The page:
The structural project "Open scientific infrastructural platforms for innovative applications in the economy and society" (O-ZIP) is a key part of the development strategy of Zagreb's Rudjer Boskovic Institute (RBI) that will make this leading Croatian research institution a 21st century institute, it was said at a project presentation on Friday.
The launch of the EUR 72 million project was part of a rich programme of events entitled "From Horizon to O-ZIP" held at the RBI, with RBI Director General Dr David Matthew Smith underlining that the main principle of O-ZIP was consolidating the RBI's most competitive segments for closer cooperation with the business sector.
''By design, the O-ZIP project is intended to strengthen the most propulsive elements of the RBI, such as those with the most success in high-impact publications, securing European projects and notable collaboration with industry.'' said Dr David M. Smith, the RBI Director General.
Attending the launch of the project, which is geared towards boosting Croatia's overall competitiveness, were also Prime Minister Andrej Plenkovic, Regional Development and EU Funds Minister Gabrijela Zalac, and the State Secretary at the Science and Education Ministry Dr Tome Anticic.
PM: O-ZIP project is the fourth national project of strategic importance
Speaking about the O-ZIP project in the context of strategic national projects, the PM recalled that at a meeting at the beginning of his government's term, Science and Education Minister Blazenka Divjak had explained what O-ZIP was about and noted that it was one of a dozen strategic projects in Croatia.
"The Peljesac Bridge will cost 357 million euros, the LNG terminal will cost 101 million euros and as much will be invested in the internet infrastructure in Croatia, so with EUR 72 million I believe this is the fourth most valuable project," said Plenkovic.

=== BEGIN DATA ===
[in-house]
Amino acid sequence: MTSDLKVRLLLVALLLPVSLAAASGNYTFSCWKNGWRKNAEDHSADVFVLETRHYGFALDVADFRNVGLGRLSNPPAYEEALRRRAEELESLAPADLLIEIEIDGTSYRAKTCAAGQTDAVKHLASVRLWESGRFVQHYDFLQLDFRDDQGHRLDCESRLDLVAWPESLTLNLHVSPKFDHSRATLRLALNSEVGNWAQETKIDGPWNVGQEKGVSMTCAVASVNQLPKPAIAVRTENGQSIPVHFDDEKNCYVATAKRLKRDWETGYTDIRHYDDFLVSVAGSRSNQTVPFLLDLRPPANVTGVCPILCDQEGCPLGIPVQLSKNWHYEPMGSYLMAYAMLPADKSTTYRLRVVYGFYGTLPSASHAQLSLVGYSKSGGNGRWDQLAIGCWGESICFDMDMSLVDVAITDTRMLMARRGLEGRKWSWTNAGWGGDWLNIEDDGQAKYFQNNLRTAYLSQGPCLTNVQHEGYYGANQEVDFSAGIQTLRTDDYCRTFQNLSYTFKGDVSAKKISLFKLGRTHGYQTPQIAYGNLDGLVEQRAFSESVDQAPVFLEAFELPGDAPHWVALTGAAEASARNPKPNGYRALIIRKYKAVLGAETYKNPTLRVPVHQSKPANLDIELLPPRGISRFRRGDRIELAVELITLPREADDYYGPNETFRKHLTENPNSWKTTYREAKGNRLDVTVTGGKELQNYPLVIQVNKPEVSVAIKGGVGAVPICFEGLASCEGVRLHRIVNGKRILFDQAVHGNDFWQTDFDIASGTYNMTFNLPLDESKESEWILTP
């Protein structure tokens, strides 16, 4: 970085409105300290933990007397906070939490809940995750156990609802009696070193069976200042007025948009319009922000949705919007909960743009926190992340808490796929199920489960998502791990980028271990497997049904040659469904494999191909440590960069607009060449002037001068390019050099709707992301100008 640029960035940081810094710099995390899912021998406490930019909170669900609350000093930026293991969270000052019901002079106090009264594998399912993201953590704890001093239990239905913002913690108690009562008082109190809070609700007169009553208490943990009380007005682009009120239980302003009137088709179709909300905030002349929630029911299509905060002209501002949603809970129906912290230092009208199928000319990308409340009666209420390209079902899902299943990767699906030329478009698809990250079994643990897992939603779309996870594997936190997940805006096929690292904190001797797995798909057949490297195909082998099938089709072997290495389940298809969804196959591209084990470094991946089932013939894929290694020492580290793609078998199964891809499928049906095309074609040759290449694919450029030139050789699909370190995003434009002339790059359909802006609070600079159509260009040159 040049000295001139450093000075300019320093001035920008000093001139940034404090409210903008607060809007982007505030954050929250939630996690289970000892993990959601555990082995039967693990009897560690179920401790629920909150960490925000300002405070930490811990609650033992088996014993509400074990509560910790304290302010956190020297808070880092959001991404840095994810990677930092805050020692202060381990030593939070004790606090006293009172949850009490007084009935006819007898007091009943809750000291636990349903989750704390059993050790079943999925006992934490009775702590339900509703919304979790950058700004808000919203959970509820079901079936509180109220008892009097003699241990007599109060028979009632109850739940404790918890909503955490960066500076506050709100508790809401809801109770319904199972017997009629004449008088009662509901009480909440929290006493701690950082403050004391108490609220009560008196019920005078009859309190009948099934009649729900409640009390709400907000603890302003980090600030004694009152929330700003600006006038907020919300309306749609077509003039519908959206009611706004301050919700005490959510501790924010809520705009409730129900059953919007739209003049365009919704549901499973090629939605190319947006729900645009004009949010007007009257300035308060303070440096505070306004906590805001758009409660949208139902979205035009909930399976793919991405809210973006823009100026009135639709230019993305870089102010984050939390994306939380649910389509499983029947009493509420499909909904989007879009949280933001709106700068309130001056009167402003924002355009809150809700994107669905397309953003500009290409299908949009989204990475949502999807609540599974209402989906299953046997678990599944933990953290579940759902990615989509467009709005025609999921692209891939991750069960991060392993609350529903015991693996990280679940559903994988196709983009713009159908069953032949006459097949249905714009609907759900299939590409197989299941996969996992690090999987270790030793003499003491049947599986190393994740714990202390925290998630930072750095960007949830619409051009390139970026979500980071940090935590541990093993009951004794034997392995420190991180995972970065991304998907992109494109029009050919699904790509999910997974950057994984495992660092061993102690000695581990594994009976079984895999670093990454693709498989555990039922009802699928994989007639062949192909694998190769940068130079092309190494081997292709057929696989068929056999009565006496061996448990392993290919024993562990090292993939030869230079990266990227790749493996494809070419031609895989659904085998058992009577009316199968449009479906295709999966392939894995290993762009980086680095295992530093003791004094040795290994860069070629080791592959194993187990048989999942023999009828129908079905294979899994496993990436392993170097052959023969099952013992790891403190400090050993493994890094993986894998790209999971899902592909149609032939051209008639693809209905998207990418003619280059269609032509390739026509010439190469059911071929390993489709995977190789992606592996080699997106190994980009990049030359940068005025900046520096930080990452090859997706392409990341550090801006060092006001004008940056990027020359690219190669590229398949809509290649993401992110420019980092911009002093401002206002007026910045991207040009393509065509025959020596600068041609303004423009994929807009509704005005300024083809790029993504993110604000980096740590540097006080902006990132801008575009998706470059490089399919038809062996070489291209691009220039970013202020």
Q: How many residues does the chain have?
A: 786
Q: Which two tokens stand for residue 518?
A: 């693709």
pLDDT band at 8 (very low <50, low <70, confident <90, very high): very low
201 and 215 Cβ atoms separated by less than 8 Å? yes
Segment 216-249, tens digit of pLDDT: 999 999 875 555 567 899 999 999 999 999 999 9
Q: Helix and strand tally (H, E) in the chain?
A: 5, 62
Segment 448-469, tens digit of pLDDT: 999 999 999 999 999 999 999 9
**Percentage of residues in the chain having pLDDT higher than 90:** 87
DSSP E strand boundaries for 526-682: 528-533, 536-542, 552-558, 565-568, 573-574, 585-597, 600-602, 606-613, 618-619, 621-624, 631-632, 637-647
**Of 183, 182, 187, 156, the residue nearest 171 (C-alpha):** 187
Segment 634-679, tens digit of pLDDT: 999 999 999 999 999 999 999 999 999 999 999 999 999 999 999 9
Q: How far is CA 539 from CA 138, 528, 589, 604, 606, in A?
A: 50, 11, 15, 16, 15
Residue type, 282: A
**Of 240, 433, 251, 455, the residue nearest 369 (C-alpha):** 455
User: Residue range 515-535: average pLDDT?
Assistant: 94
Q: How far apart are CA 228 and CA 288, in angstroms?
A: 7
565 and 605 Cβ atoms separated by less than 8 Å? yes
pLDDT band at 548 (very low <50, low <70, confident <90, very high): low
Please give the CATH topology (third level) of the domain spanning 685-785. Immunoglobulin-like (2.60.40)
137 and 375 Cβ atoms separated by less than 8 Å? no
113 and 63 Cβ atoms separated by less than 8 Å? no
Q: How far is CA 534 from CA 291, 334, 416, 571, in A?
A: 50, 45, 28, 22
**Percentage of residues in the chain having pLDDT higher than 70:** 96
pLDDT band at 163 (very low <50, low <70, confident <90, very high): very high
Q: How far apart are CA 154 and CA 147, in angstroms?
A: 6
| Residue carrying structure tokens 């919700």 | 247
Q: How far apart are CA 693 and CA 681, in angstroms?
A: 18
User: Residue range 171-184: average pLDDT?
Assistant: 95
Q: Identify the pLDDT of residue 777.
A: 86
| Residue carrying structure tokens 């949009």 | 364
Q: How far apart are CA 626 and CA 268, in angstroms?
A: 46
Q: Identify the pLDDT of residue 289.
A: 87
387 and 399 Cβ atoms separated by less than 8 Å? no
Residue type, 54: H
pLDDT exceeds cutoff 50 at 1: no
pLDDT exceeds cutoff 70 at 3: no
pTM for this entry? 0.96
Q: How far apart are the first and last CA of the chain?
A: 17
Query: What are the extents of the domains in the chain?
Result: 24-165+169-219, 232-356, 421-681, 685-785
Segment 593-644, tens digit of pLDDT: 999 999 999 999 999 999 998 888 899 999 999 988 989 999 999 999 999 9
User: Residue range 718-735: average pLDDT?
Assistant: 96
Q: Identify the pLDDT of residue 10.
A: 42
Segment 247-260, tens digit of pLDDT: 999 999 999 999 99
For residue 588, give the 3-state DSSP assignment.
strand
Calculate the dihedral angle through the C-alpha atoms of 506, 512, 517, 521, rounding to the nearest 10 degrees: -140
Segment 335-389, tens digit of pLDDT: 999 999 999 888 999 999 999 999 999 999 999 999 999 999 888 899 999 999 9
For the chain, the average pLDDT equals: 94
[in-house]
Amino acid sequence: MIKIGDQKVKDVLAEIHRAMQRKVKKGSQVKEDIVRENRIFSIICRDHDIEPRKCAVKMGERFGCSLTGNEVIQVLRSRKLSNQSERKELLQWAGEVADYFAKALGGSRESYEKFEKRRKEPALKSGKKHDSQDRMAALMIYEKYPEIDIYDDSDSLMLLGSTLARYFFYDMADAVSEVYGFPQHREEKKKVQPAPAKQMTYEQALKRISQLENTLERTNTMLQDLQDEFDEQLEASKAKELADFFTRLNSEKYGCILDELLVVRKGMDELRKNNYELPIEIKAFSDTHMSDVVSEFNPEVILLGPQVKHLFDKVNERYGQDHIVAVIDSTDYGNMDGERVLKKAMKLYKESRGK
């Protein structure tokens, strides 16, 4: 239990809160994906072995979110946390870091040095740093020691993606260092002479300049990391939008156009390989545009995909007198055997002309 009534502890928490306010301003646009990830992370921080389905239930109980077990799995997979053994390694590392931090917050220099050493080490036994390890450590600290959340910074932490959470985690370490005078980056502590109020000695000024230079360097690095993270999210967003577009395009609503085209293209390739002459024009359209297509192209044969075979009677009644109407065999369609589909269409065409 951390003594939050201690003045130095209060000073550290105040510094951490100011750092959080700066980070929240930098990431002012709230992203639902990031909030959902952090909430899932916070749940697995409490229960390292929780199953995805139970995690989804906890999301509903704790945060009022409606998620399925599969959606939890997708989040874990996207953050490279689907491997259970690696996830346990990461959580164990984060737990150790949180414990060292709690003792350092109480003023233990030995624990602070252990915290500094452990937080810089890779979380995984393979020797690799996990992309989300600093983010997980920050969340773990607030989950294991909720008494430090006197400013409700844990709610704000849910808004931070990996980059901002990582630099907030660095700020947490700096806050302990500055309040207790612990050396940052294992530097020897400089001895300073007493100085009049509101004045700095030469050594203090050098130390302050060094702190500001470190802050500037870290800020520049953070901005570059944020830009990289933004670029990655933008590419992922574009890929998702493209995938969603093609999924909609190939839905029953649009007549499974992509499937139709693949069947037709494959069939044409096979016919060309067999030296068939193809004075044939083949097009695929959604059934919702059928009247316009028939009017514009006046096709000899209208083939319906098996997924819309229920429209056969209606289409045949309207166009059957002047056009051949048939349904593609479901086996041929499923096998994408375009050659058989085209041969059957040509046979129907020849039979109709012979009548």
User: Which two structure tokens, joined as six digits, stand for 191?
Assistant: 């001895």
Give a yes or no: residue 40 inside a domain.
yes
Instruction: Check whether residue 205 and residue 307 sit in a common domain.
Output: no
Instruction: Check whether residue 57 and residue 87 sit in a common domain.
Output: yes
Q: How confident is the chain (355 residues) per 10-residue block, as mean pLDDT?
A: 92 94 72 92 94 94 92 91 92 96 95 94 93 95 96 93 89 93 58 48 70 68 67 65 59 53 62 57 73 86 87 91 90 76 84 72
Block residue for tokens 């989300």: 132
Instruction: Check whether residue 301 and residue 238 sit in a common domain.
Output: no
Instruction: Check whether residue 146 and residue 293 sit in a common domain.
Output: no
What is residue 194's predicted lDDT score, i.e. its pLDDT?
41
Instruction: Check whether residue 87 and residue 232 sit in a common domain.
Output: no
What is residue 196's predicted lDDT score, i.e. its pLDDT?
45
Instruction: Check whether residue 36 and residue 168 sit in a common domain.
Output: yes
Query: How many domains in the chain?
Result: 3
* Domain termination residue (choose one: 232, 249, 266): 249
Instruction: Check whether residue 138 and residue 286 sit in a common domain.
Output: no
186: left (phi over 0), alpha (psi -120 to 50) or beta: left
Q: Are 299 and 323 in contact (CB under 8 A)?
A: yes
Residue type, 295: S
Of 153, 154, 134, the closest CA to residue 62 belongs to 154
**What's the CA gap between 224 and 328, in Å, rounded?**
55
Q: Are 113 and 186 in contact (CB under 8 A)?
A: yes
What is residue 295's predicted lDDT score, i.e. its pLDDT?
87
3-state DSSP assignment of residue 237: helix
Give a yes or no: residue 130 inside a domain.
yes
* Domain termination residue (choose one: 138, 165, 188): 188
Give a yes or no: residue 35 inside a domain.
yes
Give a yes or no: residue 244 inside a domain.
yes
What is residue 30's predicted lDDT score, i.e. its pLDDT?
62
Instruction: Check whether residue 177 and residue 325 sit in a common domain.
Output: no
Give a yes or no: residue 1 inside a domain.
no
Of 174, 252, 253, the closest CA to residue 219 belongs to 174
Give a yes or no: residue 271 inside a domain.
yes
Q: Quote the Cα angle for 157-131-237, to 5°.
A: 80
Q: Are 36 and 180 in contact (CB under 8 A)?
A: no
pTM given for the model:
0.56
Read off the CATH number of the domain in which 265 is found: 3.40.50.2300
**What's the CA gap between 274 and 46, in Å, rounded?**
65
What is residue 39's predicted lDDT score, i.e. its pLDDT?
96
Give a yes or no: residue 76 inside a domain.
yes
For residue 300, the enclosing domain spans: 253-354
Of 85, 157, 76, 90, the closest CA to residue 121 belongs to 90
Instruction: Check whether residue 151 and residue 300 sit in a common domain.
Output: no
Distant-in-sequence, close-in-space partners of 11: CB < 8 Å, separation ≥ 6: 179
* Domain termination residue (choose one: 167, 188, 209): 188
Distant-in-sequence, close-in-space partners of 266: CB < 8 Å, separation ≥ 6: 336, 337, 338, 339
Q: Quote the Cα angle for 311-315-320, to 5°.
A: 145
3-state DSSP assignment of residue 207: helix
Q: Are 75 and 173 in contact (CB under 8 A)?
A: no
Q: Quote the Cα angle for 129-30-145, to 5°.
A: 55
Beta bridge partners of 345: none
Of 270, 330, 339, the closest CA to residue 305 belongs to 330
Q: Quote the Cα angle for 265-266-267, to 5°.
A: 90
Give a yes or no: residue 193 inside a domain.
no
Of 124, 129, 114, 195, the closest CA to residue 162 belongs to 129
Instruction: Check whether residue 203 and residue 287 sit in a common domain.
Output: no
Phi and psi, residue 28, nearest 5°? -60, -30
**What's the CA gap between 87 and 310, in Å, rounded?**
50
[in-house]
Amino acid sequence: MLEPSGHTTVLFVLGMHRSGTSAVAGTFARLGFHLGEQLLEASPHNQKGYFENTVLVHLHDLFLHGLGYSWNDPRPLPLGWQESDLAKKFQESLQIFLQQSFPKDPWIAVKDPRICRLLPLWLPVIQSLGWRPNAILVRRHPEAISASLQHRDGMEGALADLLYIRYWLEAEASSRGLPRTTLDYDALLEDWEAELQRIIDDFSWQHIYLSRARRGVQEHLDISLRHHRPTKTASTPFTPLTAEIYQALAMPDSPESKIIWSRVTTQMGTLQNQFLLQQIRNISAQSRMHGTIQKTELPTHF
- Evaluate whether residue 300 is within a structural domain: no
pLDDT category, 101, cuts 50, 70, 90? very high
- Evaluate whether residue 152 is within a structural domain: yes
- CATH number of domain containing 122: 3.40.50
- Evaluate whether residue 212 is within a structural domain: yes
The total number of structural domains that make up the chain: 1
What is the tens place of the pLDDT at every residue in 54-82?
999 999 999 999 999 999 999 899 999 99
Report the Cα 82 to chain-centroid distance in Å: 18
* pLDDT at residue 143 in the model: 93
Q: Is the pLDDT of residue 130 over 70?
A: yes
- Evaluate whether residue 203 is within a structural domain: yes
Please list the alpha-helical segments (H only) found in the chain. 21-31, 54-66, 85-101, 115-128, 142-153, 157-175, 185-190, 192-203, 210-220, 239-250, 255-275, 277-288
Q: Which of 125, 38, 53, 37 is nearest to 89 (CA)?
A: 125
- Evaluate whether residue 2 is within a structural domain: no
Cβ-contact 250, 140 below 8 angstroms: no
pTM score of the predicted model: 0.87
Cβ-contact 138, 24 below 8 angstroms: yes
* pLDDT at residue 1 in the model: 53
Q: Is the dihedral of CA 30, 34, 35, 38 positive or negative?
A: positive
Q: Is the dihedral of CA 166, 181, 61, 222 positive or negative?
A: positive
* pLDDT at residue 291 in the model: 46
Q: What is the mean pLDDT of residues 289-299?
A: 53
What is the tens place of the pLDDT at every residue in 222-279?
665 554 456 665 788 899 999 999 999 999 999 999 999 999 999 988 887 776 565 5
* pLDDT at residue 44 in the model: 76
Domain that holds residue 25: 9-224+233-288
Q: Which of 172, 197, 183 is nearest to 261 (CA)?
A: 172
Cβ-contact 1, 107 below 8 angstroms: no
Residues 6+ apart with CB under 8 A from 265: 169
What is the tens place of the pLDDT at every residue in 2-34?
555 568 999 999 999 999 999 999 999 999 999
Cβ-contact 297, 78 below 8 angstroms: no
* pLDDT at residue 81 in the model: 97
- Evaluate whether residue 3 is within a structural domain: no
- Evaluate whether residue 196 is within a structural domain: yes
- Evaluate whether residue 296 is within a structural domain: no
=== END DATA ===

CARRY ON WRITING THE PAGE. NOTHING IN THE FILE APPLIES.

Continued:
He said that this government wanted to promote excellence and the reform of the education system through investments in science and scientific infrastructure, and that science and its contribution to economic development should be made more visible.
O-ZIP, by definition, is a project to be financed through the European Structural and Investment Funds (ESIF). The project constitutes an essential element of Priority Axis 1 (Strengthening the Economy through Application of Research and Innovation) in the Operational Programme Competitiveness and Cohesion 2014-2020.
Besides necessary upgrade of the RBI infrastructure, the O-ZIP project will also enable the supply of state-of-the-art sophisticated research equipment compliant with the expertise of scientists and the needs of the economy of the Republic of Croatia.
''While the new and upgraded buildings are indeed an integral part of the O-ZIP concept, the need to perform such an intervention is justified by the present state of the physical infrastructure, the previous success and future potential of our scientific staff and an analysis of the demand for scientific output. The same justification applies to the planned procurement of state-of-the-art scientific equipment, whose total value is about half that foreseen for the upgrading of the entire physical campus.'', explains Dr Smith.
Serious work on the O-ZIP project began in 2012. The project concept was developed as part of the RBI’s long-term strategy in the context of the then imminent accession of Croatia to the European Union. The O-ZIP pre-feasibility study was completed in 2013 and shortly afterwards, the project was selected by the Ministry of Science, Education and Sport to have its documentation financed under the second science and technology project (STP2), supported by the World Bank.
Because of the ambitious and complex nature of the project, numerous bureaucratic complexities and the number and frequency of governmental changes in Croatia, the preparation of the documentation took significantly longer than was envisaged. However, the unwavering enthusiasm of the project team at the RBI, combined with a high-level understanding of the strategic importance of the project by the present government, including the Ministries of Science and Education and Regional Development and EU Funds, has meant that the final challenging phase has been accelerated. Invaluable contributions have also been made by the teams of consultants responsible for the preparation and evaluation of the feasibility study and the technical documentation, as well as the STP2-implementation team.
"This investment will enable our scientists to finally have the same working conditions as their colleagues in EU.", concludes Dr Smith.